The first step toward obtaining a service dog if you have anxiety is to speak with your mental health professional or doctor. You will need to be qualified to obtain a service dog under the Americans with Disabilities Act (ADA) – for which a diagnosis of a service dog is sufficient.
Your qualification means you must:

  • Have a physical disability or debilitating disorder or illness.
  • Be able to consistently care for and train a service dog.
  • Be able to participate in the training process of the dog.
  • Have strong communication skills and patience.
  • Have a love of dogs and a stable home environment.
  • Have the finances to appropriately care for and maintain a service dog for 12 years or more.


Not everyone having anxiety issues is qualified to own a service dog. But some of these individuals can still help their condition by going for an emotional support animal. In most cases, all that you need to get an emotional support animal is a letter from your medical professional. A service dog is however, not the same as an emotional support dog.


Service Dogs and Emotional Support Animals: What’s the Difference?
Emotional support animals (ESA) are a great option for individuals that are not qualified to own a service dog, or suffers from a milder form of anxiety and may not require the assistance of a service dog. ESA are cost-effective and easier to obtain than service dogs.
Unlike service animals, ESA's are not trained to support a disability by providing some specific tasks for you (sometimes, life-saving tasks). They are only there as pets to offer comfort or emotional support to people having mental conditions. Because ADA considers emotional support animals as pets, they are not legally allowed to access certain buildings and areas like service dogs can.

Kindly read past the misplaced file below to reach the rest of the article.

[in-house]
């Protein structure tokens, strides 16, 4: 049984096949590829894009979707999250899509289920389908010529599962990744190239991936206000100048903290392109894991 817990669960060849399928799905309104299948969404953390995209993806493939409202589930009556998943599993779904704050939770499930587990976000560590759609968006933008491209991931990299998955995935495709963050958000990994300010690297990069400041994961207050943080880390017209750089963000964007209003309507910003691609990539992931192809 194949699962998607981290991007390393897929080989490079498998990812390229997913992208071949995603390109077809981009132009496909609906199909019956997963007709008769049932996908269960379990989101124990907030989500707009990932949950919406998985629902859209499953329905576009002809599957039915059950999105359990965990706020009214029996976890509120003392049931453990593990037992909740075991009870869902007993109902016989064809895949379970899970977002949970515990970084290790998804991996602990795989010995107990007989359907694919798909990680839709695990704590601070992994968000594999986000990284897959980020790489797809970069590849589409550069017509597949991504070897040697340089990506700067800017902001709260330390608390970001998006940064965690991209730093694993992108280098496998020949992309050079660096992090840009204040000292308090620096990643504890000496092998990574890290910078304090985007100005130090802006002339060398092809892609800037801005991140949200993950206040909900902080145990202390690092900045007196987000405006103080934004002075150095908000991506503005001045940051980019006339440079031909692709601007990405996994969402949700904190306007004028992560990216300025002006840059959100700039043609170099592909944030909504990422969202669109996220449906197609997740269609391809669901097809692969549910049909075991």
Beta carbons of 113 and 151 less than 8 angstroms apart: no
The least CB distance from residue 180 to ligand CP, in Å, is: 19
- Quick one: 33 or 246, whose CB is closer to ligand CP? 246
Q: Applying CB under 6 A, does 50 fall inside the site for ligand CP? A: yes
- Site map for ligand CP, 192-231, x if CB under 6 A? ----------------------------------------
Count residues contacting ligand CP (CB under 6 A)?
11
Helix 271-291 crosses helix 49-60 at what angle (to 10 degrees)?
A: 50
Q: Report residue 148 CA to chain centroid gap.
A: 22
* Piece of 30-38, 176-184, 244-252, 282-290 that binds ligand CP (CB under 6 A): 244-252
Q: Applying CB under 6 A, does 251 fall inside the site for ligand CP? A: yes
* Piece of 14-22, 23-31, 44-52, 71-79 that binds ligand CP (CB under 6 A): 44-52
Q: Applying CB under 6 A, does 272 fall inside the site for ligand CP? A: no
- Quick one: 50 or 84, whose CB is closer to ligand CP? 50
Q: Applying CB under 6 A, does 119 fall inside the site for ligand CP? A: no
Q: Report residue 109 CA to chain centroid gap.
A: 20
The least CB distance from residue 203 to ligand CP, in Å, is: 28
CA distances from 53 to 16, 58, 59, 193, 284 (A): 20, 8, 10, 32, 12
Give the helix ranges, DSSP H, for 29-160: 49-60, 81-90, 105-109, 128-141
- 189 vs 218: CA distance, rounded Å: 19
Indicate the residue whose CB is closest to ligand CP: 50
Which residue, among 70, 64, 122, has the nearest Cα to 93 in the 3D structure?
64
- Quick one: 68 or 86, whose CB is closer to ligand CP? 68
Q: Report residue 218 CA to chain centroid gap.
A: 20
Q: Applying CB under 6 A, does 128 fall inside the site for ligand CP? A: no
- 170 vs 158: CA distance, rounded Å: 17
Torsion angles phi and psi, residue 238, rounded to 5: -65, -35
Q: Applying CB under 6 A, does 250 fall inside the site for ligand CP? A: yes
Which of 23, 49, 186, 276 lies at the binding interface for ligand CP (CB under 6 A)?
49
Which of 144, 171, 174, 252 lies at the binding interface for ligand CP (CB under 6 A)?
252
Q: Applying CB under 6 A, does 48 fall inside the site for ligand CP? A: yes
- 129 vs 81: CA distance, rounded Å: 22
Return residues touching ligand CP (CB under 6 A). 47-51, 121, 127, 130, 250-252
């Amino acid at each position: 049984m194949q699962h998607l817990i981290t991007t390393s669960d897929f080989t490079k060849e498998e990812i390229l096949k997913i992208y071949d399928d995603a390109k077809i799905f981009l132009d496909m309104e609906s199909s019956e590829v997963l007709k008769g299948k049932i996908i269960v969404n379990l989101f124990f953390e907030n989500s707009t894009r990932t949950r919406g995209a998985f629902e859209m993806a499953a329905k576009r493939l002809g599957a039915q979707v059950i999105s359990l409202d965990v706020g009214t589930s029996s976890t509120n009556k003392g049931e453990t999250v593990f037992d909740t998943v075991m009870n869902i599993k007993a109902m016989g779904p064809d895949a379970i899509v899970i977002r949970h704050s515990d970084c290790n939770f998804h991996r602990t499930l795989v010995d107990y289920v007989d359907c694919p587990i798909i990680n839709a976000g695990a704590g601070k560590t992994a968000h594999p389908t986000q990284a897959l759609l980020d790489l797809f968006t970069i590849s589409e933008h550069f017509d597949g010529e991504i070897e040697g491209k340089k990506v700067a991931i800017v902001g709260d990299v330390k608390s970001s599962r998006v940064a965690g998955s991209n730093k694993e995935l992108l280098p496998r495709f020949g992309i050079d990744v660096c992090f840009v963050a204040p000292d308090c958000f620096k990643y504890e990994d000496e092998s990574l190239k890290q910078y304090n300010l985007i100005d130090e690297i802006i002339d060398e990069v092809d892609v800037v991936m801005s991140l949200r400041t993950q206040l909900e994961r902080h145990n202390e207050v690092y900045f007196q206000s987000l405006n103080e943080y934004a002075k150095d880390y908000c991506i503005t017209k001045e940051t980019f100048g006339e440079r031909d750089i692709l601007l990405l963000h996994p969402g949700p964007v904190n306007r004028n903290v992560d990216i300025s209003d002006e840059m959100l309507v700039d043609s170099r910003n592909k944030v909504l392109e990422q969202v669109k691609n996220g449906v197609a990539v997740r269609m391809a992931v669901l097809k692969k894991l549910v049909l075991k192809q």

However, because ESA's undergo less intensive training, an existing pet can be trained as emotional support animal. These animals are also not restricted to dogs alone. Emotional support animals could be dogs, cats, pigs, horses, and even hamsters.


What Is the Cost of a Service Dog?
The help that a service dog provides may be invaluable to you. However, the toll on your bank account is also another thing to carefully consider before you opt to get one.
Service dogs are expensive because of the intensive training that is involved in making sure they are ready to care for their owner. The cost of training a dog could range from $30,000 to $40,000. This does not account for the cost of feeding and grooming each year together with veterinary services. These expenses can really start to add up.
Some people also opt to train their dog themselves which seems to be less expensive, but it will still involve a lot of money. However, some organizations through fundraising can help you get a service dog at little to no cost. So if you are bothered about the cost, you are not completely ruled out.


Can Your Dog Become My Service Animal?
Going through the article, you will find out that we have already covered this, but this is for the sake of emphasis. If you have a dog and think you can put it through training so it can become your service dog, it doesn’t work like that. Dogs that are used as service dogs are specially trained for the course. Also, dogs that have already been trained as pets can not be trained as a service dog.


Bottom Line
Getting a service dog to help with anxiety comes with a range of benefits. But it is not very easy to have a service dog. It requires a lot of money and some strict criteria also needs to be met. If you wish to get a service dog, you should speak with your mental health professional to help determine if a service dog really fits your needs.
People who suffer from milder anxiety or aren’t qualified for a service dog may instead go for an emotional support animal to help their condition. Remember, an emotional animal isn’t trained to perform certain tasks and can not follow you everywhere you go.